(Chicago) – White House Drug Policy Director R. Gil Kerlikowske and Chicago Police Superintendent Garry McCarthy were among the high-level policy and law enforcement leaders who met in Chicago recently for a seminal task force meeting to discuss the science of substance use disorders and implications for police and public safety.
The intensive two-day event, hosted by the Center for Health and Justice at TASC and held November 19-20, brought together prominent addiction neuroscientists, policy experts, and law enforcement leaders representing jurisdictions from California to Maryland. Weaving together science, policy, and practical experience, the presentations and discussions focused on the science of addiction and behavioral management in conjunction with police theory, existing police practices and policies, and opportunities for systemic interventions and action.
The Task Force is a component of the Justice Leaders Systems Change Initiative (JLSCI), which combines criminal justice training and systems change to achieve improved public safety, public health, reduced recidivism, and cost savings. The Police Practice Training Initiative and the Task Force are part of a larger criminal justice reform initiative funded by the Office of National Drug Control Policy (ONDCP).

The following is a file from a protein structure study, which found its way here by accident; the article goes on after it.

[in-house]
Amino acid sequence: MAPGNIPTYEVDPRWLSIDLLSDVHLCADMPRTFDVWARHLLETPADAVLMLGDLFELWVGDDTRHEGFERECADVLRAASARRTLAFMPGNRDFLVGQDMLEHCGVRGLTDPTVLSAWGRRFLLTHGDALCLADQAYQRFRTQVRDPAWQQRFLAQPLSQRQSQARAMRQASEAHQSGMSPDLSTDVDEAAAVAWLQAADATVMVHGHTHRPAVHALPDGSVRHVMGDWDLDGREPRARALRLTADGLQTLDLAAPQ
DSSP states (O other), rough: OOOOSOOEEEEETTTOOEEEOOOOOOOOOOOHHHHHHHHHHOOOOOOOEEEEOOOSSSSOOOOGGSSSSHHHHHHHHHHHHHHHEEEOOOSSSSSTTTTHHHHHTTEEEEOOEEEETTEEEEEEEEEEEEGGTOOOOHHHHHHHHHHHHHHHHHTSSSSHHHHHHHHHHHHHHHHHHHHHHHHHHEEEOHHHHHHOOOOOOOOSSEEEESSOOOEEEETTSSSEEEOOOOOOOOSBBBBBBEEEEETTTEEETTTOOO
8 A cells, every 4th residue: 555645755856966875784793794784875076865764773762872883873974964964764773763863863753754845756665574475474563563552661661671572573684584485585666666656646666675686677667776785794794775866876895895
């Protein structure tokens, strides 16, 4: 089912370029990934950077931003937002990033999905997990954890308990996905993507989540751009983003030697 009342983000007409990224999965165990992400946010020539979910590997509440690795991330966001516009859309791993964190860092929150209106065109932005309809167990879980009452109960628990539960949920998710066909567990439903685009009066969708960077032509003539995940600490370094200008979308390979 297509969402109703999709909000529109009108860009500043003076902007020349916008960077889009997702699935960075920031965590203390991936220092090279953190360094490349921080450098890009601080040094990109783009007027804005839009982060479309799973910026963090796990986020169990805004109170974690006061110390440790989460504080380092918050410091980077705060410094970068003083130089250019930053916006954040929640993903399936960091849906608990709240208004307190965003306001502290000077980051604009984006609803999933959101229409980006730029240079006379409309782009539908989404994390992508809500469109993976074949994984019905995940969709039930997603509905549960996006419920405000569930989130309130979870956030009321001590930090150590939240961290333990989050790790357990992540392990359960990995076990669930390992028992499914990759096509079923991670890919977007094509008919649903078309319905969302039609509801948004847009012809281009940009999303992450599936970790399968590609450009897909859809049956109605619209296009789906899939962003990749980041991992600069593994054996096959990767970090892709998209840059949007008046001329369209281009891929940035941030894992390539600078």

In addition to Kerlikowske and McCarthy, speakers included:
- Pamela Rodriguez, President and CEO of TASC and its Center for Health and Justice
- Benjamin Tucker, Deputy Director of State, Local, and Tribal Affairs for ONDCP
- Timothy Condon, PhD, TASC’s Chief Science Advisor
- Redonna Chandler, PhD, Chief of the Services Research Branch of the National Institute on Drug Abuse
- Robert Schwartz, MD, Director of the Friends Research Institute
- John Firman, Director of the Research Center of the International Association of Chiefs of Police
- Bruce Kubu, Deputy Director of Research for the Police Executive Research Forum
- Melody Heaps, President Emeritus of TASC
“This is a groundbreaking event, convening some of the top minds in the country in both addiction science and law enforcement,” said Rodriguez. “For years, we at TASC have experienced tremendous impact in bridging the criminal justice system with community-based drug treatment, most often through partnerships with courts, probation, and reentry. We know the critical importance of intervening earlier in the system—at the point of law enforcement and diversion programs—and we are grateful to ONDCP and every leader in the room for bringing their expertise to this effort.”
Hennepin County (MN) Sheriff Rich Stanek, president of the Major County Sheriffs Association, lauded the value of the meeting’s content and discussions. “I greatly appreciated the opportunity to learn more about addiction and what we, as professional law enforcement officers, can do collectively to intervene with people who need help and improve safety in our communities,” he said.
Training curricula and conferences will be developed for all levels of law enforcement—patrol officers to CEOs—expanding their knowledge of the science and treatment of addiction to improve police practice.
“There’s much more to come,” added Rodriguez.
The Chicago-based Center for Health and Justice at TASC is a national public policy group focused on criminal justice and health issues.